By Aimee Chanthadavong
The latest retail trade figures from the Australian Bureau of Statistics (ABS) have confirmed that consumers continued to remain cautious during the crucial December period.
The ABS has reported that retail sales rose a sluggish 0.2 per cent, seasonally adjusted.
Speaking to RetailBiz, Australian Retailers Association (ARA) executive director Russell Zimmerman said the results are no surprise.
“Obviously we’re very disappointed as 0.2 per cent is an appalling growth. But looking back, it is exactly where we thought we’d be even though we said it was going to be a slow Christmas trading,” he said.
According to Australian National Retailers Association (ANRA) CEO Margy Osmond, it was Boxing Day sales that saved Christmas for retailers in 2010.
“Retailers discounted heavily in the lead up to Christmas to no avail, but come the Boxing Day sales shoppers – who have had a nose for a bargain all year – finally took to the shops,” she said in a statement.
Household goods retailing (1.5 per cent), clothing, footwear and personal accessory retailing (2.7 per cent) and cafes, restaurants and takeaway food services (0.8 per cent) recorded the largest rises in December 2010.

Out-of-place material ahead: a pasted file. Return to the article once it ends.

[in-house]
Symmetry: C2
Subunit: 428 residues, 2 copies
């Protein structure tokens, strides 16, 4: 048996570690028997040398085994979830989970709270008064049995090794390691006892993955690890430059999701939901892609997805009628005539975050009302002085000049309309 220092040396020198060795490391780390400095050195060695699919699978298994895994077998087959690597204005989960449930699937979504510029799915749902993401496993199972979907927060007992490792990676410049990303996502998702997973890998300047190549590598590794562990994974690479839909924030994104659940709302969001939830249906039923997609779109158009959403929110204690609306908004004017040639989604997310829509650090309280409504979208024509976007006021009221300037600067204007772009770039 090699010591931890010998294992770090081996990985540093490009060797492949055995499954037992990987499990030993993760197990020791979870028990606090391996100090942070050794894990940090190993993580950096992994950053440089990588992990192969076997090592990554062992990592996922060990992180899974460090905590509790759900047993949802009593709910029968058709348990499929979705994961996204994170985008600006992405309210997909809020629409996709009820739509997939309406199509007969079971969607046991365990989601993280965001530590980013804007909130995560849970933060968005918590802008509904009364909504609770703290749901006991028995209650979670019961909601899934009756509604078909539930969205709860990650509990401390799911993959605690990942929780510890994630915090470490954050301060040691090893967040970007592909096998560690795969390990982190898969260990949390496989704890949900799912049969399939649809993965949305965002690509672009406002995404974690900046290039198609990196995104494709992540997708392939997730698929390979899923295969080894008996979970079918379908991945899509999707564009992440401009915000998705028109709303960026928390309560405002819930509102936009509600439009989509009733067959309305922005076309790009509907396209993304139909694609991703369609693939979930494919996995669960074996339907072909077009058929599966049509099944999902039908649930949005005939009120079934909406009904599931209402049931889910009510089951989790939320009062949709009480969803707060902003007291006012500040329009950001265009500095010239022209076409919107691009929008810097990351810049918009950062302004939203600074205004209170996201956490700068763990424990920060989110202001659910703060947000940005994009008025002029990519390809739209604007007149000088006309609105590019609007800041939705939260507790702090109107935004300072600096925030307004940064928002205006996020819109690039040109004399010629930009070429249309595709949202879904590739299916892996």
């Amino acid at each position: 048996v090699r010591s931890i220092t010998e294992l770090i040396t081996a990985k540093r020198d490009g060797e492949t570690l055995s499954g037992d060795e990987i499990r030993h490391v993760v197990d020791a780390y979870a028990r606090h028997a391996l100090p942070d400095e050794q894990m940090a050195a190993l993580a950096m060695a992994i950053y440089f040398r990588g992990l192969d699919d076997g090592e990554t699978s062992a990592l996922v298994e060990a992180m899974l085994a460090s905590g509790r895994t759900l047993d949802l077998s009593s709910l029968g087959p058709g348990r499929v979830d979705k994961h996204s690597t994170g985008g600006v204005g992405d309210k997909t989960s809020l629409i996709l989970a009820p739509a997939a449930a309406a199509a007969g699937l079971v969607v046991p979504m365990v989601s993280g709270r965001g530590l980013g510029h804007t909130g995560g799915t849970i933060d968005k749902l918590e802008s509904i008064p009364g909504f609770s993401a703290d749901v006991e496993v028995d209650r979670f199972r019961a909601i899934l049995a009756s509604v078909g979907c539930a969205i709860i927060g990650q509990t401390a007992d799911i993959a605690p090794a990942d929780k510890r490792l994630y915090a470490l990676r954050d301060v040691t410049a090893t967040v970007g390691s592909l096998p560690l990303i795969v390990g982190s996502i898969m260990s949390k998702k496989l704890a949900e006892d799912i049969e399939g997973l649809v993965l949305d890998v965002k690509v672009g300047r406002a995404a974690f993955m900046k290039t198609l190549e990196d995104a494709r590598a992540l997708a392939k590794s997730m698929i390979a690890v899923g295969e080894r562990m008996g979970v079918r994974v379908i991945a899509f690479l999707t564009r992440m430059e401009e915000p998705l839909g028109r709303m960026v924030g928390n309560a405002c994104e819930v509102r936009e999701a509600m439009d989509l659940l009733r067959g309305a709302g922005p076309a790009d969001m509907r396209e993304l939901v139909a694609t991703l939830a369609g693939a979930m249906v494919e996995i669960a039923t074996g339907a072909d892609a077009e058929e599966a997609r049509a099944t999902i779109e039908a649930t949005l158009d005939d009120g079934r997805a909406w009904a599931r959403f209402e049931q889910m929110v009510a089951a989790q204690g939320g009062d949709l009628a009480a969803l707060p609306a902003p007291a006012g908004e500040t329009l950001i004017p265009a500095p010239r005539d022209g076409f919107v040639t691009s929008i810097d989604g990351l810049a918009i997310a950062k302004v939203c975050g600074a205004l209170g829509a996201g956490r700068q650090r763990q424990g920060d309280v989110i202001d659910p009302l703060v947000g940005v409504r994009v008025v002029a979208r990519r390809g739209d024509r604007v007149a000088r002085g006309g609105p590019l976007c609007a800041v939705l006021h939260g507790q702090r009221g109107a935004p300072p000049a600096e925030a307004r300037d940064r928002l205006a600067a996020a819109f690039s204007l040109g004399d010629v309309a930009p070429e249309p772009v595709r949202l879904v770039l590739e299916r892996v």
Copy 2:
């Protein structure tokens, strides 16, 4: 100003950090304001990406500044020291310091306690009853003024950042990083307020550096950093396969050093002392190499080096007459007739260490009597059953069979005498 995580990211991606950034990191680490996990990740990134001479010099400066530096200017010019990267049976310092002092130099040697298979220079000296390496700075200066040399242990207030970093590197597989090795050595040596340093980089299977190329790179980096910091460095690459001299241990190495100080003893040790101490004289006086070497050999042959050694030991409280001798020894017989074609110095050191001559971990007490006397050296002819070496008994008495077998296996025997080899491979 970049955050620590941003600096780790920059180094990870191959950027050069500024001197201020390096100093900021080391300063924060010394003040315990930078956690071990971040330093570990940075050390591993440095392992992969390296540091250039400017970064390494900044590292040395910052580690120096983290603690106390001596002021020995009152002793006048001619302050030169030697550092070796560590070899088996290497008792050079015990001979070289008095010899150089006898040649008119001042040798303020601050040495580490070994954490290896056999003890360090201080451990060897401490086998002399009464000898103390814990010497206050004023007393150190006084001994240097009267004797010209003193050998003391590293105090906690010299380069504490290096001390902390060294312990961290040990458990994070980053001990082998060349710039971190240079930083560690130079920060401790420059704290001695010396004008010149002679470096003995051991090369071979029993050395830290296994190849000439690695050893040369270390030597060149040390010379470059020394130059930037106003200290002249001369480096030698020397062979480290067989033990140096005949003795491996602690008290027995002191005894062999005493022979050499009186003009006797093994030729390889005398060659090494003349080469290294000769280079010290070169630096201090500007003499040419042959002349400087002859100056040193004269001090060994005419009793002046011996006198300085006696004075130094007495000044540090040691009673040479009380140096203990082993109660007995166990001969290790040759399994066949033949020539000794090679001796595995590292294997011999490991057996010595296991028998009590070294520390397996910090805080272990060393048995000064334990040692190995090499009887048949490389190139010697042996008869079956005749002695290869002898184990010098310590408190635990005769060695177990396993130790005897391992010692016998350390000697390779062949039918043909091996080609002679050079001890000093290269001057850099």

However, turnover fell 1.2 per cent for department stores, 0.5 per cent for food retailing and 0.8 per cent other retailing.
“The wonderfully slight glimmer is when we saw clothing, footwear and personal accessory up 2.7 per cent but that came to the expense of department stores,” Zimmerman said.
Victoria recorded the large increase with 0.5 per cent, followed by New South Wales turnover up by 0.4 per cent, Queensland at 0.3 per cent and the Northern Territory at 0.2 per cent.
Turnover fell in South Australia (-1.3 per cent), Tasmania (-1.3 per cent), Western Australia (-0.2 per cent) and the Australian Capital Territory (-0.5 per cent).
“We are concerned and doubtful about the projected $9.9 billion Christmas figures at the moment. We’re also concerned about moving forward as the slow sales will probably be amplified by the flood and cyclone in Queensland, further flooding in other states and fires in Perth,” he said.
“I think our concern now lies with the price increase of fruit and vegetables such as bananas where we saw a lot of crops wiped out by the cyclone. So I guess seeing those increases in prices we’re probably going to see a reduction across the board of discretionary spending and consumers won’t open their purses terribly far.”